Public testimony: Amplifying GCSAA’s voice

Testifying is a powerful form of advocacy that helps you get your message to legislators and regulators.


Public testimony is one of the many advocacy tools that GCSAA’s government affairs team uses to make sure golf’s voice is heard. When a federal agency asks for the public’s input, it provides the opportunity to address regulators’ concerns as well as to educate them on how their actions impact the industry. 

GCSAA’s government affairs team recently provided testimony to regulatory agencies on two issues of great concern to golf course management: the ongoing implementation of the “Waters of the United States” (WOTUS) rule, in the wake of the Supreme Court’s Sackett decision; and the ongoing implementation of the Endangered Species Act (ESA) Workplan. These were high-profile opportunities where the team spoke about issues directly impacting golf course superintendents and golf facilities.  

Bob Helland, GCSAA’s director of congressional and federal affairs, spoke at a virtual listening session hosted by the EPA and Army Corps of Engineers to discuss ongoing efforts to regulate WOTUS in the wake of the Supreme Court’s decision last year in Sackett v. Environmental Protection Agency. The court limited WOTUS to waters that have a “relatively permanent flow” and those wetlands that have a “continuous surface connection” to these waters to such a degree as to be “indistinguishable” from them. However, the clarity Sackett provides has been hurt by confusion as to how the agencies are interpreting this, especially at the local level. Comprehensive guidance is not available to the public, but what has been made available indicates that wetlands could be considered WOTUS with a subsurface connection to another water. 

Helland addressed these issues when he testified. He urged the agencies to be public and transparent when implementing rules and guidance in the wake of Sackett. Basic projects vital to golf course operations — such as planting trees, installing drainage and dredging ponds and wetlands — could trigger federal permitting requirements. Helland also spoke of the important role water plays on a golf course: Of the 146 acres on an average golf course, 5.7 are streams, ponds, lakes and/or wetlands. Water features account for approximately 141,746 acres of the 2-plus-million acres golf courses provide nationwide. 

Too much is at stake to get this wrong or leave interpretations foggy. Golf needs clear rules. We will continue to make this argument with federal agencies and Congress.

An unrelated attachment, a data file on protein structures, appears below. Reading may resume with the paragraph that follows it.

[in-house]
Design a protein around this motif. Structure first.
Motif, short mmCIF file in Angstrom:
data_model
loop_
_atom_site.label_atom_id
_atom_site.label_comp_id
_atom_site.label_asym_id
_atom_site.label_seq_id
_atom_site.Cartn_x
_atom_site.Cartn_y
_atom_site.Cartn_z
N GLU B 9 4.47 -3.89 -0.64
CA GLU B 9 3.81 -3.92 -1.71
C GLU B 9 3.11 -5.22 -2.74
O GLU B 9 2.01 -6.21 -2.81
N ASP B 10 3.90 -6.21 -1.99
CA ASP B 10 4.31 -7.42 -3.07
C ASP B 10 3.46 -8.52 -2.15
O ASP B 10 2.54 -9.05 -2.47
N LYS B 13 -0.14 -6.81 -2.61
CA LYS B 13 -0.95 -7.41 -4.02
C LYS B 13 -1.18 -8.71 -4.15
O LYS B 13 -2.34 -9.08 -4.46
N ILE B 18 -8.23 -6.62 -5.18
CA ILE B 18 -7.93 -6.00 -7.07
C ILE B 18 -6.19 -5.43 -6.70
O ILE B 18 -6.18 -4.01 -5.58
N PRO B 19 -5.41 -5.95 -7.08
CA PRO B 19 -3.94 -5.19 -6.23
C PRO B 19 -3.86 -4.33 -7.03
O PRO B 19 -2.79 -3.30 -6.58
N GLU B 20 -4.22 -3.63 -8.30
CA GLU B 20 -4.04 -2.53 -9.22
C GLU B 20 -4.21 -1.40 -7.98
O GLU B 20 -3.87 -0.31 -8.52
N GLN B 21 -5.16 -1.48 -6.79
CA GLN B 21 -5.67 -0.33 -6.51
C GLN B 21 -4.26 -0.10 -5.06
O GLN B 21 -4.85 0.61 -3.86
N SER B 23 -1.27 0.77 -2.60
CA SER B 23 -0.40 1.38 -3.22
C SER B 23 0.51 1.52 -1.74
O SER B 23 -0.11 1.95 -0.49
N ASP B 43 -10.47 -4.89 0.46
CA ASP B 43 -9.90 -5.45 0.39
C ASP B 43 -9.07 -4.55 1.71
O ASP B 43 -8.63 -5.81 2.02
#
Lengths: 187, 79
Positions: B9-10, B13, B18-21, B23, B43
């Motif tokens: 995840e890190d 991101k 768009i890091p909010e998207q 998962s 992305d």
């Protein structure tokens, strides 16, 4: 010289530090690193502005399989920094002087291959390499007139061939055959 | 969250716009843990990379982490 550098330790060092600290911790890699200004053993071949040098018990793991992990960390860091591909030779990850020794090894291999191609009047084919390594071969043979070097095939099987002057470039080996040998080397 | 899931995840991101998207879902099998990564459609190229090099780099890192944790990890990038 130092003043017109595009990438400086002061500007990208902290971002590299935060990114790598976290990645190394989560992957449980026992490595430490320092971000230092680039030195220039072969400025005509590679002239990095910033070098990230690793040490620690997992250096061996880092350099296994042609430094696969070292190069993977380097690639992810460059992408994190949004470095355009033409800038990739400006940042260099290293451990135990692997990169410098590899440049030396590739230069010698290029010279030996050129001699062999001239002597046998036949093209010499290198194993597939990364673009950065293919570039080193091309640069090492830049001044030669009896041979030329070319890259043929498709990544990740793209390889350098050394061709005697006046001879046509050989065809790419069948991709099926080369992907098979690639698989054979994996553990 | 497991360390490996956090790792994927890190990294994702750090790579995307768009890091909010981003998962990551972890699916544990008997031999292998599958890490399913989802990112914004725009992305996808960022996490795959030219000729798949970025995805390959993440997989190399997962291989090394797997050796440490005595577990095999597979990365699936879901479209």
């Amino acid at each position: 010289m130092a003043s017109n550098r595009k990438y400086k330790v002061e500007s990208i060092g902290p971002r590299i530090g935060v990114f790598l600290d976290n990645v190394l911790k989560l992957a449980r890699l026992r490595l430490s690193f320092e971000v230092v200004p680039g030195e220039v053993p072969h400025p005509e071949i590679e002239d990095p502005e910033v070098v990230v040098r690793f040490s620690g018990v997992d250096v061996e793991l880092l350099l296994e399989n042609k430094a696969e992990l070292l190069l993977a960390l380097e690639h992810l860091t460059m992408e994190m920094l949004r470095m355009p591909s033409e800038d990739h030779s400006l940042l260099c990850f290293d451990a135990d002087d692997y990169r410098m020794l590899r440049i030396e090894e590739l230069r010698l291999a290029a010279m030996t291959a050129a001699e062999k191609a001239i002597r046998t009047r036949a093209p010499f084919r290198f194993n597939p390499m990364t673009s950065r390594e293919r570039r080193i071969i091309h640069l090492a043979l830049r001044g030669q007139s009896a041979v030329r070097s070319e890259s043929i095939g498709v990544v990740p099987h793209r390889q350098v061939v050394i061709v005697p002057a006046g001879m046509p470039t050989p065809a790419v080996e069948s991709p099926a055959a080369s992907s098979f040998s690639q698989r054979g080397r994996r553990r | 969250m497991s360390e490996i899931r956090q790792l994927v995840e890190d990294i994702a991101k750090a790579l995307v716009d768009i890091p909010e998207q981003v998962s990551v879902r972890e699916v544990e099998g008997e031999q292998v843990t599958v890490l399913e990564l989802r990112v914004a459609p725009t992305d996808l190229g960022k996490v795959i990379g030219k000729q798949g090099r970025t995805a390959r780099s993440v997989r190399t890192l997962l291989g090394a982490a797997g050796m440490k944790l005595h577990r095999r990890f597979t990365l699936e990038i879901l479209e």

Chava McKeel, GCSAA’s director of government affairs, spoke at a Federal Insecticide, Fungicide and Rodenticide Act (FIFRA) Interagency Working Group meeting in Washington in February focused on the ESA-FIFRA intersection. The EPA is working with a broad range of stakeholders to ensure the agency can comply with their ESA obligations. Specifically, 100-plus individuals representing four federal agencies, industry groups, nongovernmental organizations and congressional staff met to work through many pressing issues related to the rollout of several ESA Workplan strategies. 

McKeel spoke about GCSAA’s Best Management Practices initiative and the use of BMPs to protect endangered and threatened species and their habitat on golf courses, particularly in the areas of spray drift, runoff and general conservation. 

GCSAA is working with EPA on the recognition/inclusion of golf-specific BMPs as part of the ESA Workplan pilots. The meeting in February provided an opportunity for GCSAA to share the importance of continued cooperation with all stakeholders, using the best available science as we work toward solutions, and truly focusing on practical mitigations that balance species protection with the benefits that pesticides bring to our industry. 

Testifying can be done at all levels of government. Michael Lee, GCSAA’s senior manager of government affairs, testified at an EPA hearing regarding California Air Resources Board small-engine emissions regulations. GCSAA field staff representatives and association members have also provided testimony at the local and state levels. 

Testifying is a powerful form of advocacy and allows you to get your message out to a wide audience. Few things are more impactful than telling your story in person to legislators and regulators. And speaking of telling your story to elected officials, the 16th annual National Golf Day is near. Hundreds of golf industry representatives will converge on Capitol Hill to share the golf industry’s values and contributions with policymakers. Stay tuned the week of May 6-10 for extensive National Golf Day and Community Service Project coverage. 

Bob Helland is GCSAA’s director of congressional and federal affairs. Chava McKeel is GCSAA’s director of government affairs.